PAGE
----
The entire Big 12 conference has started campaigning for him. Opposing coaches think Darren Sproles should win the Heisman Trophy because he runs like Barry Sanders. Teammates think he should win because of consistently gaudy numbers and a legendary work ethic.
But Sproles, well, he thinks the Heisman Trophy should go to someone -- anyone -- else.
Kansas State's Darren Sproles, a 5-foot-8 senior running back, is among the best players in the country, but he's not interested in the spotlight.
"If I won the Heisman, it would mean nothing to me," said Sproles, a 5-foot-8 senior running back. "I really don't care about it. I hate the hype."
Sproles will have to learn to deal with it, because his numbers -- a nation-leading 1,986 rushing yards last season -- command so much attention that Kansas State enters this season favored to repeat as Big 12 champion. In a conference littered with Heisman hopefuls -- including last year's winner, Oklahoma quarterback Jason White -- Sproles is the preseason player of the year, the man who garners all the attention. And he can't stand it.
Like it or not, he earned the spotlight last season, when he obliterated the conference record for total yards with 2,735. Running low to the ground and spinning easily out of tackles, Sproles made a habit of leaving opposing coaches slackjawed.
In the Big 12 championship game against Oklahoma, he carried 22 times for 235 yards. He also had 88 yards receiving, including a touchdown, and nearly scored twice on punt and kickoff returns.
"I don't know if I've ever seen any better," Iowa State Coach Dan McCarney said. "He is truly one of the great players in college football."
This year, he's the best, at least according to Kansas State Coach Bill Snyder. In the coach's mind, Sproles's season stats paled in comparison to his offseason numbers: 411-pound bench press, 836-pound safe squat and 320-pound clean -- all personal bests. "I feel way bigger," Sproles said. "I'm pretty huge now."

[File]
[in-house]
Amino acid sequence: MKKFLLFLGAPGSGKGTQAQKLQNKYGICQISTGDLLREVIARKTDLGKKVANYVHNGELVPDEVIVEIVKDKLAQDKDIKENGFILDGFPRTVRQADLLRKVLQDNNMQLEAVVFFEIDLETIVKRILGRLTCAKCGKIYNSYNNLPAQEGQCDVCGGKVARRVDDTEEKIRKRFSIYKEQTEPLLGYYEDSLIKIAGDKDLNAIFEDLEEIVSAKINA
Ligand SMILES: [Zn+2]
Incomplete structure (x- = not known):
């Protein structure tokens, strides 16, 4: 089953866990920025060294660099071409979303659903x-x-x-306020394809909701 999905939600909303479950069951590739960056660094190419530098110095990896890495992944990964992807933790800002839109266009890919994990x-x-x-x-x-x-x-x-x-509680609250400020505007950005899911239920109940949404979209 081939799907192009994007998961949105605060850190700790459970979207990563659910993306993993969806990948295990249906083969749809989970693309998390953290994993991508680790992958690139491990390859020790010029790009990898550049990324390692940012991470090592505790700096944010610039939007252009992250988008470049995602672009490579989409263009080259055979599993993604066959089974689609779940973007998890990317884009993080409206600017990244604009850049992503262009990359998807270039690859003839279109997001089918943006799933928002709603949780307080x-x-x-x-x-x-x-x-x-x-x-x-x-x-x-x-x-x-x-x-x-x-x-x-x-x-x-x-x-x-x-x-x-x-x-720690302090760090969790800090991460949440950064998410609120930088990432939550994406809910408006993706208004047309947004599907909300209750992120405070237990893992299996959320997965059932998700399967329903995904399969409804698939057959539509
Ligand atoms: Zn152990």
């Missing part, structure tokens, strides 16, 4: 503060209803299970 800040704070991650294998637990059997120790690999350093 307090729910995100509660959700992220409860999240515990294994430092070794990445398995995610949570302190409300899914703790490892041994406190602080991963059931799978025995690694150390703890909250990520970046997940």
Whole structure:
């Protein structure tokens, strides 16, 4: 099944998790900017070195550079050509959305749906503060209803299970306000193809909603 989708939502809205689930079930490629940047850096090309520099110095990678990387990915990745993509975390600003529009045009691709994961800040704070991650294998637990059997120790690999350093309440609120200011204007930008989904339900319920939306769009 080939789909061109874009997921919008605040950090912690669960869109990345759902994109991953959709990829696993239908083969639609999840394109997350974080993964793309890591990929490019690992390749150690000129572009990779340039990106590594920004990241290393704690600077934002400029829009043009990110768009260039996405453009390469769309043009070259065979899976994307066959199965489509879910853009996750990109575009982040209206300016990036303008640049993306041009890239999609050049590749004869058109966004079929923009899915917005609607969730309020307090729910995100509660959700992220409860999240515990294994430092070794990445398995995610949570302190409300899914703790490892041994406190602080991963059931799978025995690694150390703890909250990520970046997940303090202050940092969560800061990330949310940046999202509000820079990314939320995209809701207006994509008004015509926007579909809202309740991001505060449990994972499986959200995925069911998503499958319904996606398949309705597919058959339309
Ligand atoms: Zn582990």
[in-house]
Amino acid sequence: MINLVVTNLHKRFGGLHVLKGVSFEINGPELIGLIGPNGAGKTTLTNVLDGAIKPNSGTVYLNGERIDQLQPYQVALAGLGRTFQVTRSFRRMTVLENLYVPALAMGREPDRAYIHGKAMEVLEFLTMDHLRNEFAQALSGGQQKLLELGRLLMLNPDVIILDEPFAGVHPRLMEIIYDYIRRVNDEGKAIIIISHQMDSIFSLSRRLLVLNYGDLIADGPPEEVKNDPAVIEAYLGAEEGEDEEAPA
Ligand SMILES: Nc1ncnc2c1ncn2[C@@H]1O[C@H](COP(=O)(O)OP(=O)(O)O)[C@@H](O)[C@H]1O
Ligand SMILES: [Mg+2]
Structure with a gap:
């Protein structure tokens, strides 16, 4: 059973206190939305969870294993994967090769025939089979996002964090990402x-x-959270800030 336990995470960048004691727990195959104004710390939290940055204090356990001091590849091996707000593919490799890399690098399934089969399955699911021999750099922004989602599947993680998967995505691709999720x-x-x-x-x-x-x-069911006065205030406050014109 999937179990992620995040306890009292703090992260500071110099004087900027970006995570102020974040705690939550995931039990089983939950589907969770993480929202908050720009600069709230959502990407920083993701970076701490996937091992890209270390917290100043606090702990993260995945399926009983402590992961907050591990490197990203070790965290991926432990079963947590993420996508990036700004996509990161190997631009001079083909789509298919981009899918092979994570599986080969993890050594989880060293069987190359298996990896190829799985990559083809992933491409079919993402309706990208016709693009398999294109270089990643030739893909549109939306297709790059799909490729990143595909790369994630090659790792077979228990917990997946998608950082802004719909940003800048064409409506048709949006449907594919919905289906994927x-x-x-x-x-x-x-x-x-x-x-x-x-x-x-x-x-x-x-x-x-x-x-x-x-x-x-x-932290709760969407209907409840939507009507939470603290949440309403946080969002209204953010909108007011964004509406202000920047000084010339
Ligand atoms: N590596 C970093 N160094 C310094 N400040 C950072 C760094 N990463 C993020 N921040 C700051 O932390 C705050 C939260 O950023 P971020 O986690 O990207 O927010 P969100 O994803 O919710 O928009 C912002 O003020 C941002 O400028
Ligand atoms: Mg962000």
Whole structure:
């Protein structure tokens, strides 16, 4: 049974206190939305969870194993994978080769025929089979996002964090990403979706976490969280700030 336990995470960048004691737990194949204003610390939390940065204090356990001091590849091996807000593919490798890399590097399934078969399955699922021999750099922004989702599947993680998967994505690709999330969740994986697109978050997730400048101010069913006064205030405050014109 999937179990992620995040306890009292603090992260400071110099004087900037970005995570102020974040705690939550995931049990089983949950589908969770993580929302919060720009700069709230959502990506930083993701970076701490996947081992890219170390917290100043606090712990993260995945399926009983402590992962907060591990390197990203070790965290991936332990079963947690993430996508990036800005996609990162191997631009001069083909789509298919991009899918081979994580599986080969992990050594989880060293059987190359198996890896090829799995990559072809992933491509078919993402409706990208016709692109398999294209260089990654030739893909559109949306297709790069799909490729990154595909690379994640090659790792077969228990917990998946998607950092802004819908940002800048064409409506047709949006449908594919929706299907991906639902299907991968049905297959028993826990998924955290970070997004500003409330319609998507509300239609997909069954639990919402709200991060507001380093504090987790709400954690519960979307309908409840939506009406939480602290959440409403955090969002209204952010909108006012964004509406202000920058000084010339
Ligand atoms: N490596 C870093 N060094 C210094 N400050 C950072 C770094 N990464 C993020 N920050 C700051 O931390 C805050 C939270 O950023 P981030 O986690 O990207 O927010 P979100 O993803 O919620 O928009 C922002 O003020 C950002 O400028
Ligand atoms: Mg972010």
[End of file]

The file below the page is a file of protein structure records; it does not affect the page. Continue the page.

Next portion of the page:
He's more focused, too. In late April, Sproles's mom, Annette, died of cancer at 41, and she left her son with one last mission. In her final months, Annette told Sproles to return to school, improve on last season and earn his degree.
"He's more devoted than ever," Snyder said. "Darren Sproles will find something in his game over the course of a practice and decide that he needs to be a little bit better at it, and he'll be out there by himself working on it. He's a great Heisman candidate."
But these days, winning the Heisman Trophy has as much to do with marketing as football, and that leaves Sproles with one distinct disadvantage: He stutters.
Sproles runs fearlessly over mammoth linebackers, but he often clams up with nervousness when he talks to the media after games. He hesitates before answering questions and then usually responds with a one-word answer. He has fought the speech impediment since childhood, but it may frustrate him most this season, because the national media will turn to him after every game expecting a good sound bite.
"I don't like all that attention," Sproles said at Big 12 media day last month. "I just love playing football. I don't want to talk to the media. I'm shy."
He would rather see attention lavished on the other compelling stories in the Big 12. Can White repeat last season's Heisman performance? How will Bill Callahan manage in his first year as head coach at Nebraska? How will Colorado respond after an offseason marred with so much controversy that Coach Gary Barnett was placed on probation?
"If it was up to me, people would talk about someone else," Sproles said. "I just want to win games and forget about the hype."